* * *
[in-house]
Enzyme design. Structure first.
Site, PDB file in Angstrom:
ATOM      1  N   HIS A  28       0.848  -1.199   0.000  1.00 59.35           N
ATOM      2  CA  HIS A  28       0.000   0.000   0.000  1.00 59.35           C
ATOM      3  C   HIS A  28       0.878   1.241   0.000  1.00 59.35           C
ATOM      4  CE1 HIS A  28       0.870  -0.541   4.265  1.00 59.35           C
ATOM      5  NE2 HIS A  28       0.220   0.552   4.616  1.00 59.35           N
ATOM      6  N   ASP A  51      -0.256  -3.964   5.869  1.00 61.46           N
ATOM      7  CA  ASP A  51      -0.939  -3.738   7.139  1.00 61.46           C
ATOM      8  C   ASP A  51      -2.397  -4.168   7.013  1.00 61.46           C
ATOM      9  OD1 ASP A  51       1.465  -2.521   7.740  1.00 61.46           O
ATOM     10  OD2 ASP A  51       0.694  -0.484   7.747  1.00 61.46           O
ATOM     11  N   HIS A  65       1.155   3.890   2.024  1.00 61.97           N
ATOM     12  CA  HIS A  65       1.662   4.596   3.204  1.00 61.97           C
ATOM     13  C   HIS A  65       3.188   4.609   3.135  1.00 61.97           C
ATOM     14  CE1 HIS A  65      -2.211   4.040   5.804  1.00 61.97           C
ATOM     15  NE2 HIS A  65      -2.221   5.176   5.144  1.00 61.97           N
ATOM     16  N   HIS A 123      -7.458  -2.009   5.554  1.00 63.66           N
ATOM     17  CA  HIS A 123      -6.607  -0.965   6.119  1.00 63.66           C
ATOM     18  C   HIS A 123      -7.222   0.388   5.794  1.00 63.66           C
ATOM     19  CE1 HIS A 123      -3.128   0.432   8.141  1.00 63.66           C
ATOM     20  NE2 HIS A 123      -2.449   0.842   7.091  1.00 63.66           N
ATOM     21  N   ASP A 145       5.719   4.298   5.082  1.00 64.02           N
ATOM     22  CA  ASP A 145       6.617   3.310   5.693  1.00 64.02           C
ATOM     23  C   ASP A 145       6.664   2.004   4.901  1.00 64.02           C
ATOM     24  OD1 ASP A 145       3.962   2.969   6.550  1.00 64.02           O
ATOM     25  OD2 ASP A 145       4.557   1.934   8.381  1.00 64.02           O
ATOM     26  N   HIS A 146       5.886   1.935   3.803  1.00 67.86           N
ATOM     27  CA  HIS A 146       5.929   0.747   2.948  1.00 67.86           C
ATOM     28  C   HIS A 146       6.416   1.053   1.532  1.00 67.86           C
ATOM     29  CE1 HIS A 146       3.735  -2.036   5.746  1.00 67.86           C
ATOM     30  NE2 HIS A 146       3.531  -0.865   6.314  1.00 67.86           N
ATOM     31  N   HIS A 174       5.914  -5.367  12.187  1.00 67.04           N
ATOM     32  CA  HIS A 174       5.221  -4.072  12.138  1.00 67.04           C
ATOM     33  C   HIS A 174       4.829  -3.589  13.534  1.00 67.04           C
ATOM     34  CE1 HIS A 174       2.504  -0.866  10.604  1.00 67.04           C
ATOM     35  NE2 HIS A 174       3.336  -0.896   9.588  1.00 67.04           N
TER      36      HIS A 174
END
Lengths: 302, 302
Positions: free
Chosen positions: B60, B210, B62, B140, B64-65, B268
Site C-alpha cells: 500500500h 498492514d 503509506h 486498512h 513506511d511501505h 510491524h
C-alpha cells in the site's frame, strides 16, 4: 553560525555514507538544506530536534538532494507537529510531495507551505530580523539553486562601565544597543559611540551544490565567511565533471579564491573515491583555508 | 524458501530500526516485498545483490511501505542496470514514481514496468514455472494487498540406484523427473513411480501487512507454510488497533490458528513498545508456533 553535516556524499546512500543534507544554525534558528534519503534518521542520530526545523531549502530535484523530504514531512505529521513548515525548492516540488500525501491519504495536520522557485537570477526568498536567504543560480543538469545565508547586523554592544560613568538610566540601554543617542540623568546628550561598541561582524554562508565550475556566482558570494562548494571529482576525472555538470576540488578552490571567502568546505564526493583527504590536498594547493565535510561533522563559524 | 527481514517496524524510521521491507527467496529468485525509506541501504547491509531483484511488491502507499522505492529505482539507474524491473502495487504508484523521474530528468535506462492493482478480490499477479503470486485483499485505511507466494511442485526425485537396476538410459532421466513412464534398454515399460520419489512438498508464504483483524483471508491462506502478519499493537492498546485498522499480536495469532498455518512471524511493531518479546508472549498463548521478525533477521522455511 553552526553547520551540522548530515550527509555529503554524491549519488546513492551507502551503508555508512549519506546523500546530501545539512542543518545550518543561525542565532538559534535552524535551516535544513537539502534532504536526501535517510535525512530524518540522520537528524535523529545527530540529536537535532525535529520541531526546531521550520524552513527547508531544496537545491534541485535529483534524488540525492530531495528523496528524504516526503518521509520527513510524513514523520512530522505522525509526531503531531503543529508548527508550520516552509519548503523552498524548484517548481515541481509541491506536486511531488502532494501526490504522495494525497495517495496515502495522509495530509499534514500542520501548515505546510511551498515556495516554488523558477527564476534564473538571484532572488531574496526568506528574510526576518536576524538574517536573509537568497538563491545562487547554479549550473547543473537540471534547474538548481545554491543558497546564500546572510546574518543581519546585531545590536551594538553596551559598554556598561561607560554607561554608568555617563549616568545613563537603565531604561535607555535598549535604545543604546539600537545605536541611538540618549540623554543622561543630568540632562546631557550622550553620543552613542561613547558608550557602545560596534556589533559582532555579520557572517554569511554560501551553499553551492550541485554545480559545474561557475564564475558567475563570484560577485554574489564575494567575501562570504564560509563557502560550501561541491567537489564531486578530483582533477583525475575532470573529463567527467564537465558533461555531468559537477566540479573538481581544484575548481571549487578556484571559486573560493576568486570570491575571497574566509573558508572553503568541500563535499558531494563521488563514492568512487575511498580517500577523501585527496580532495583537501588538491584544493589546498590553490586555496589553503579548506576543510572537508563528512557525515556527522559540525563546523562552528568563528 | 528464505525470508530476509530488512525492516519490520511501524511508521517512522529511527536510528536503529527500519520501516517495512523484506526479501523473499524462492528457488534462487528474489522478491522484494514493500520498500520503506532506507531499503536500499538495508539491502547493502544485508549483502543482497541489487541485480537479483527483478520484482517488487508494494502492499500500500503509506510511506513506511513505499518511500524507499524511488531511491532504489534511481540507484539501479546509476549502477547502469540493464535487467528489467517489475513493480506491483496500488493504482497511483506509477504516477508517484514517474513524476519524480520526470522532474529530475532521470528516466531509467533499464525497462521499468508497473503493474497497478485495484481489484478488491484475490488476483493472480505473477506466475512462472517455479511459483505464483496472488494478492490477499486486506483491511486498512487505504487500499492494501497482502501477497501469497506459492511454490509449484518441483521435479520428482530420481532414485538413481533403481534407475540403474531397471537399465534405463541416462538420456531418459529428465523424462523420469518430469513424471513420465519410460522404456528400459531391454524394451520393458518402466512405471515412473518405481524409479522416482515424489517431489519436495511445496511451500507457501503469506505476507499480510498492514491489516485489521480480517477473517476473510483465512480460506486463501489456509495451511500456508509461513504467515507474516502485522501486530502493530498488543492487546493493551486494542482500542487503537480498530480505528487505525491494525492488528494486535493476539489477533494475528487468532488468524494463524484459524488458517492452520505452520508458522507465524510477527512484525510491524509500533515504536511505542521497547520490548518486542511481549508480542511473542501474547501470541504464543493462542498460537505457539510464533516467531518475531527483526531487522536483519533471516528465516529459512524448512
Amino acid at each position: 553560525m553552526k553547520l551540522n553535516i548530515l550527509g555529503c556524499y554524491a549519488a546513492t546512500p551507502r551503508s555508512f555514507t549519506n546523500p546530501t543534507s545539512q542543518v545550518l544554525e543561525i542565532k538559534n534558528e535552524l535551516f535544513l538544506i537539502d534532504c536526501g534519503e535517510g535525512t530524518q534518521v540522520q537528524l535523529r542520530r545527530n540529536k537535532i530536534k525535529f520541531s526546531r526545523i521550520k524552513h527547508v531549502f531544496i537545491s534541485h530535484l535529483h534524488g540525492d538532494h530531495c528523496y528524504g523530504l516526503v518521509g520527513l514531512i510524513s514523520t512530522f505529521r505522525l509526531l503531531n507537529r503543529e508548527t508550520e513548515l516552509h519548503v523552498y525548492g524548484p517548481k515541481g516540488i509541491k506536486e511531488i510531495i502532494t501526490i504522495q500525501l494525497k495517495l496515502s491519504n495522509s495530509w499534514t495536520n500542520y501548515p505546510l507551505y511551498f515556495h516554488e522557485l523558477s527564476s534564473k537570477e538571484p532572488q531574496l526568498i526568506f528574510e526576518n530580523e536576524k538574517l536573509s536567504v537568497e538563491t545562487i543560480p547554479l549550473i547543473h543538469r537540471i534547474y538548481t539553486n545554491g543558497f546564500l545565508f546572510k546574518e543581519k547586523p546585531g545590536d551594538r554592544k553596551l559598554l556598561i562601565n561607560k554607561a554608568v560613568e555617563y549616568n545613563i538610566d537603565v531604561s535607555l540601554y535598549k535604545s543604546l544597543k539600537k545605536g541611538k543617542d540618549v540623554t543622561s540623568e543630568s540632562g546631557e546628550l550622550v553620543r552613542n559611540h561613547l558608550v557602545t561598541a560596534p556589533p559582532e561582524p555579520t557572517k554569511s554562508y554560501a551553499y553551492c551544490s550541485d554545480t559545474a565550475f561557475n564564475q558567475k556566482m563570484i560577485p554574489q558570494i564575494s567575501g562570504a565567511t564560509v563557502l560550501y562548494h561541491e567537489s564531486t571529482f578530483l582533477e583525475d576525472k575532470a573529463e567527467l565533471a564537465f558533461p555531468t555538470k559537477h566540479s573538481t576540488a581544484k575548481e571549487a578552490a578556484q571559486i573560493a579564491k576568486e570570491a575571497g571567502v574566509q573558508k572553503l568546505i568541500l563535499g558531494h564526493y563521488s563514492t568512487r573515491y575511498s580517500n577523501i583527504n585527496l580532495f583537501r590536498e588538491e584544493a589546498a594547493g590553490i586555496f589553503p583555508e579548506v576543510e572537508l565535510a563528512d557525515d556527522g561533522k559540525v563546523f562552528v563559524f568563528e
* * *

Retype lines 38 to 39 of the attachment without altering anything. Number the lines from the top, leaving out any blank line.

ATOM     35  NE2 HIS A 174       3.336  -0.896   9.588  1.00 67.04           N
TER      36      HIS A 174